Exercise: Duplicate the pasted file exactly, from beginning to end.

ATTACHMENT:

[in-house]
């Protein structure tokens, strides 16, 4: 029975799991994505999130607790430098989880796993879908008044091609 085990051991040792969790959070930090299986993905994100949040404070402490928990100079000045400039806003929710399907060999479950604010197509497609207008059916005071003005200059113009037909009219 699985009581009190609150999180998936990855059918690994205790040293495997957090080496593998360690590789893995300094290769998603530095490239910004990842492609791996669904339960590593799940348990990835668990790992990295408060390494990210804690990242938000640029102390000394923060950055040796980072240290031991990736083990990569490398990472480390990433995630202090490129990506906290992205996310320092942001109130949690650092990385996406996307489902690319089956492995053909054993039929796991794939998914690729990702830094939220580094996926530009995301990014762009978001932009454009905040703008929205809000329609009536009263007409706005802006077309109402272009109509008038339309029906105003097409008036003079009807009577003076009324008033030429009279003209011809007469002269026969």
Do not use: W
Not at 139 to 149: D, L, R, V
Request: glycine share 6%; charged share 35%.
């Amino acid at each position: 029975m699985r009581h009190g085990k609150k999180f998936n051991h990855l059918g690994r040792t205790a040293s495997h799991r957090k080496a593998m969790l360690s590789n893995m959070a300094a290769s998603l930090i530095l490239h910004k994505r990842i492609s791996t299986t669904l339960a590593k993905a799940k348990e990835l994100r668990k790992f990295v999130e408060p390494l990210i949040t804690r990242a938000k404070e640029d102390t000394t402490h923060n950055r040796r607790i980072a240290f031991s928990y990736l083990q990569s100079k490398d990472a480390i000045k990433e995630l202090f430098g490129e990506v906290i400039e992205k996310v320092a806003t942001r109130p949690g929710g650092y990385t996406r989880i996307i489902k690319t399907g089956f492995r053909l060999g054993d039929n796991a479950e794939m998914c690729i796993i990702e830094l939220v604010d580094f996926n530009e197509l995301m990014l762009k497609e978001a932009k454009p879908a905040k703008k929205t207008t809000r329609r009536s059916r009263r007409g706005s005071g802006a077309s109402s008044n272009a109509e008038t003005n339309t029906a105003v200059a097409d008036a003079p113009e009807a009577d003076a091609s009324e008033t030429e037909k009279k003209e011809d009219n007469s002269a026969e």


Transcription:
[in-house]
């Protein structure tokens, strides 16, 4: 029975799991994505999130607790430098989880796993879908008044091609 085990051991040792969790959070930090299986993905994100949040404070402490928990100079000045400039806003929710399907060999479950604010197509497609207008059916005071003005200059113009037909009219 699985009581009190609150999180998936990855059918690994205790040293495997957090080496593998360690590789893995300094290769998603530095490239910004990842492609791996669904339960590593799940348990990835668990790992990295408060390494990210804690990242938000640029102390000394923060950055040796980072240290031991990736083990990569490398990472480390990433995630202090490129990506906290992205996310320092942001109130949690650092990385996406996307489902690319089956492995053909054993039929796991794939998914690729990702830094939220580094996926530009995301990014762009978001932009454009905040703008929205809000329609009536009263007409706005802006077309109402272009109509008038339309029906105003097409008036003079009807009577003076009324008033030429009279003209011809007469002269026969």
Do not use: W
Not at 139 to 149: D, L, R, V
Request: glycine share 6%; charged share 35%.
């Amino acid at each position: 029975m699985r009581h009190g085990k609150k999180f998936n051991h990855l059918g690994r040792t205790a040293s495997h799991r957090k080496a593998m969790l360690s590789n893995m959070a300094a290769s998603l930090i530095l490239h910004k994505r990842i492609s791996t299986t669904l339960a590593k993905a799940k348990e990835l994100r668990k790992f990295v999130e408060p390494l990210i949040t804690r990242a938000k404070e640029d102390t000394t402490h923060n950055r040796r607790i980072a240290f031991s928990y990736l083990q990569s100079k490398d990472a480390i000045k990433e995630l202090f430098g490129e990506v906290i400039e992205k996310v320092a806003t942001r109130p949690g929710g650092y990385t996406r989880i996307i489902k690319t399907g089956f492995r053909l060999g054993d039929n796991a479950e794939m998914c690729i796993i990702e830094l939220v604010d580094f996926n530009e197509l995301m990014l762009k497609e978001a932009k454009p879908a905040k703008k929205t207008t809000r329609r009536s059916r009263r007409g706005s005071g802006a077309s109402s008044n272009a109509e008038t003005n339309t029906a105003v200059a097409d008036a003079p113009e009807a009577d003076a091609s009324e008033t030429e037909k009279k003209e011809d009219n007469s002269a026969e």